Wednesday, Quebec’s National Assembly passed a law that will prohibit women from wearing the niqab while using public services.
Bill 62, ironically called the religious neutrality bill, bans public service workers, as well as people seeking government services, from wearing this any face-covering garb such as the niqab or the burka. This ban also extends to using public transportation.
It should also be noted that those who voted against the bill did so because they didn’t think it went far enough. They wanted to extend the ban to include people of authority, like judges and police officers.
To be incredibly clear: if a woman choses to wear the niqab for religious reasons, she will no longer be allowed to work as a teacher, doctor, or government agent. She will also not be able to use any of the services provided by these people and will not be able to take the bus to get there if she finds someone sympathetic to her beliefs.
The bill carefully avoids using the terms niqab or burka, and specifically says people must have their “face uncovered”, and claims this includes people who wear masks to protest. However, there are very few instances where a face would be covered and it is easy to deduce what population is being targeted by this law.
People can apply for an “exemption” to the rule; however the bill also specifies the religious accommodation “is consistent with the right for equality between women and men”, which would most likely rule out the niqab. The bill also says that “the accommodation must be reasonable in that it must not impose undue hardship with regard to, among other considerations, the rights of others, public health and safety, the effects on the proper operation of the body, and the costs involved.” This makes exemptions extremely subjective and difficult to receive.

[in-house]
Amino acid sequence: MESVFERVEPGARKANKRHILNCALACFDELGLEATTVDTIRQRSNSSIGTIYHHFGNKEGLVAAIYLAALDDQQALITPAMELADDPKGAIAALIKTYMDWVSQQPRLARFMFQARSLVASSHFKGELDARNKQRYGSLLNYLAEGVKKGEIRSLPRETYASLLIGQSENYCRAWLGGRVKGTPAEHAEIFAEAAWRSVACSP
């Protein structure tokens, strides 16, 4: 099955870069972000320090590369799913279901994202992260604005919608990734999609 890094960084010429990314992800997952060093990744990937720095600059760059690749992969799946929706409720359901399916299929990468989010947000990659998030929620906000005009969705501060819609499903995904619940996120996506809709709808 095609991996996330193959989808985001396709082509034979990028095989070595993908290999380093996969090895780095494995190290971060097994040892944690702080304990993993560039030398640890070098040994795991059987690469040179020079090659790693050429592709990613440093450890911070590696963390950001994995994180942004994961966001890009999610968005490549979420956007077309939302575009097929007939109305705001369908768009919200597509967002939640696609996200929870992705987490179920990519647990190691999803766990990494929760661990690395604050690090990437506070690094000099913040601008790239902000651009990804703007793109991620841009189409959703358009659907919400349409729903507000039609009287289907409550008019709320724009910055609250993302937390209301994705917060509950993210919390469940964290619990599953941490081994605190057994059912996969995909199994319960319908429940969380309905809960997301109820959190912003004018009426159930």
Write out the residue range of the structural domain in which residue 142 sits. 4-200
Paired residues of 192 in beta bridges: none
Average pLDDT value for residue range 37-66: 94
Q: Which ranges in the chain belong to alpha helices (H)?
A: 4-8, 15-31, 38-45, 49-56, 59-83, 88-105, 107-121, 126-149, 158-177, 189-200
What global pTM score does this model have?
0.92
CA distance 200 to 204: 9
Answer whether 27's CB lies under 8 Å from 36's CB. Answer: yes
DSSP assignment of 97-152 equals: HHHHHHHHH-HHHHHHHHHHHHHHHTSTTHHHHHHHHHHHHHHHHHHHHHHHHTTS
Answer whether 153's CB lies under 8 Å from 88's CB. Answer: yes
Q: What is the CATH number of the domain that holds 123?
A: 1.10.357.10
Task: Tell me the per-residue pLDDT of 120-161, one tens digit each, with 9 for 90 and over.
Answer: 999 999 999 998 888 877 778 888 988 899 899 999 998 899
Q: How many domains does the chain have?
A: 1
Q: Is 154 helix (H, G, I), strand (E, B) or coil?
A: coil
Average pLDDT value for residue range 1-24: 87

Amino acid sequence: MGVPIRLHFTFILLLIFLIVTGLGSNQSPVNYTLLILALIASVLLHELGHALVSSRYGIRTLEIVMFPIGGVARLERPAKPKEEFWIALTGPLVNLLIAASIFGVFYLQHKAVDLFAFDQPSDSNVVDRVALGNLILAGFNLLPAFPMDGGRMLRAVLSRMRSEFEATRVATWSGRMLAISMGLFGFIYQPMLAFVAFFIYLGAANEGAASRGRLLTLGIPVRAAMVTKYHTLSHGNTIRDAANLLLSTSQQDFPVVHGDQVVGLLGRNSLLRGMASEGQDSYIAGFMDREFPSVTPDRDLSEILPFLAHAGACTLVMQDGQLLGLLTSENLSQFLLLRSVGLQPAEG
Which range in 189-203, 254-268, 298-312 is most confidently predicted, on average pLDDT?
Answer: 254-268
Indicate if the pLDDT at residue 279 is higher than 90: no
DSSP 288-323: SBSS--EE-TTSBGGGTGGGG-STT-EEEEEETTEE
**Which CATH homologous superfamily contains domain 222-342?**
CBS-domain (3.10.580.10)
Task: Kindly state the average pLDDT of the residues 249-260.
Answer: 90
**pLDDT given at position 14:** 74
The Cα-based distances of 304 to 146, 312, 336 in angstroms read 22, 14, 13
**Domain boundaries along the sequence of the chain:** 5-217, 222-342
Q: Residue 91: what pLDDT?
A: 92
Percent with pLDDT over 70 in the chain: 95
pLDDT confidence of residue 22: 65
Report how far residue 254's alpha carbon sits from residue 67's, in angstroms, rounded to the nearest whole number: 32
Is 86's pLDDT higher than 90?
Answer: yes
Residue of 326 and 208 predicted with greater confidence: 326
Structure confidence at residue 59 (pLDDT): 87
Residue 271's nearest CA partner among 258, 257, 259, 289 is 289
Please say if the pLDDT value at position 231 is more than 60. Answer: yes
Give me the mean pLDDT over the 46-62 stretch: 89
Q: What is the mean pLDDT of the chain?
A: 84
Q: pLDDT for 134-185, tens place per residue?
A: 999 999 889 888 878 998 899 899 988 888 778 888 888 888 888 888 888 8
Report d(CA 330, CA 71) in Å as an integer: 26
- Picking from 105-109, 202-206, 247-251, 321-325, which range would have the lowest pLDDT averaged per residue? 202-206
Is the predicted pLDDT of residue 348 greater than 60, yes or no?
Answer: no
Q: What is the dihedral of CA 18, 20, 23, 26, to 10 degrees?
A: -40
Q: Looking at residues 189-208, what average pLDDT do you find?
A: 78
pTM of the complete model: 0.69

The best part of the bill is the little disclosure at the end that says: “The measures introduced in this Act must not be interpreted as affecting the emblematic and toponymic elements of Québec’s cultural heritage, in particular its religious cultural heritage, that testify to its history.”
Honestly, if I was a politician in Quebec, I wouldn’t want this bill affecting the history or culture of my province either. It paints an absolutely despicable picture similar to other fascist countries.
I’m not a big fan of the niqab. Most women aren’t. But, I would never force a woman who chooses to wear one to remove it. I would also never prevent a woman from taking the bus or from picking up her child at school because of what she is wearing. This is not a security issue or a communications issue. This is racism in its simplest form. This is a group of people afraid of someone who dresses a bit differently. The law does not encourage “religious neutrality” as the government claims. It doesn’t prevent people from wearing a cross or a yarmulke on the bus or at the doctor’s office. It directly attacks one religion over others.
Personally, I’m hoping someone brings this bill to the Supreme Court. Quebec politicians should be ashamed at the blatant discrimination they just enacted in to law.
This is not my Canada. Is it yours?
The law is affective immediately.